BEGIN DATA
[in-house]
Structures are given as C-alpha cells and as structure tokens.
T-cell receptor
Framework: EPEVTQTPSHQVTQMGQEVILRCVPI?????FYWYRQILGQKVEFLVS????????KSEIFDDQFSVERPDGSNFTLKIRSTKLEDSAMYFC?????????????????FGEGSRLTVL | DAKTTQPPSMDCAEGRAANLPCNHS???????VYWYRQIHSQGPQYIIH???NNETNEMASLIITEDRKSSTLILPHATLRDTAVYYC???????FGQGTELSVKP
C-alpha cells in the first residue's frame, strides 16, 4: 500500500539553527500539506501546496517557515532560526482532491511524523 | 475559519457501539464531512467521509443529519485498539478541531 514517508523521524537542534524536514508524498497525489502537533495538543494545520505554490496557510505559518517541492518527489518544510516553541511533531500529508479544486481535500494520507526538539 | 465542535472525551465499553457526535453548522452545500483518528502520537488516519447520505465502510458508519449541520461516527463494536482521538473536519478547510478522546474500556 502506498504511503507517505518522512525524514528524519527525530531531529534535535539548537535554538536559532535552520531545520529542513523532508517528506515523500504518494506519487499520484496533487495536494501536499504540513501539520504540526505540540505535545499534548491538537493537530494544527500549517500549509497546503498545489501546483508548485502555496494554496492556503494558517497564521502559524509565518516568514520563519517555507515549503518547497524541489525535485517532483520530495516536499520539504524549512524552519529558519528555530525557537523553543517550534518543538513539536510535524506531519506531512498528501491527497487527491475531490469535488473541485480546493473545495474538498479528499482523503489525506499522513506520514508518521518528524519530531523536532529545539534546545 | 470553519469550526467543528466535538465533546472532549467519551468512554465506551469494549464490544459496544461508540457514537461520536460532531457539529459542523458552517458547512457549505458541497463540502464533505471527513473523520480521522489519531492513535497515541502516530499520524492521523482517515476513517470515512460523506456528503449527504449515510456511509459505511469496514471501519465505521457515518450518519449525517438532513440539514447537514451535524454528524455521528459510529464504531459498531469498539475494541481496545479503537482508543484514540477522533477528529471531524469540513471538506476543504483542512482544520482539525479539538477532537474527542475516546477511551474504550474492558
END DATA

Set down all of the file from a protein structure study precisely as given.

[in-house]
Structures are given as C-alpha cells and as structure tokens.
T-cell receptor
Framework: EPEVTQTPSHQVTQMGQEVILRCVPI?????FYWYRQILGQKVEFLVS????????KSEIFDDQFSVERPDGSNFTLKIRSTKLEDSAMYFC?????????????????FGEGSRLTVL | DAKTTQPPSMDCAEGRAANLPCNHS???????VYWYRQIHSQGPQYIIH???NNETNEMASLIITEDRKSSTLILPHATLRDTAVYYC???????FGQGTELSVKP
C-alpha cells in the first residue's frame, strides 16, 4: 500500500539553527500539506501546496517557515532560526482532491511524523 | 475559519457501539464531512467521509443529519485498539478541531 514517508523521524537542534524536514508524498497525489502537533495538543494545520505554490496557510505559518517541492518527489518544510516553541511533531500529508479544486481535500494520507526538539 | 465542535472525551465499553457526535453548522452545500483518528502520537488516519447520505465502510458508519449541520461516527463494536482521538473536519478547510478522546474500556 502506498504511503507517505518522512525524514528524519527525530531531529534535535539548537535554538536559532535552520531545520529542513523532508517528506515523500504518494506519487499520484496533487495536494501536499504540513501539520504540526505540540505535545499534548491538537493537530494544527500549517500549509497546503498545489501546483508548485502555496494554496492556503494558517497564521502559524509565518516568514520563519517555507515549503518547497524541489525535485517532483520530495516536499520539504524549512524552519529558519528555530525557537523553543517550534518543538513539536510535524506531519506531512498528501491527497487527491475531490469535488473541485480546493473545495474538498479528499482523503489525506499522513506520514508518521518528524519530531523536532529545539534546545 | 470553519469550526467543528466535538465533546472532549467519551468512554465506551469494549464490544459496544461508540457514537461520536460532531457539529459542523458552517458547512457549505458541497463540502464533505471527513473523520480521522489519531492513535497515541502516530499520524492521523482517515476513517470515512460523506456528503449527504449515510456511509459505511469496514471501519465505521457515518450518519449525517438532513440539514447537514451535524454528524455521528459510529464504531459498531469498539475494541481496545479503537482508543484514540477522533477528529471531524469540513471538506476543504483542512482544520482539525479539538477532537474527542475516546477511551474504550474492558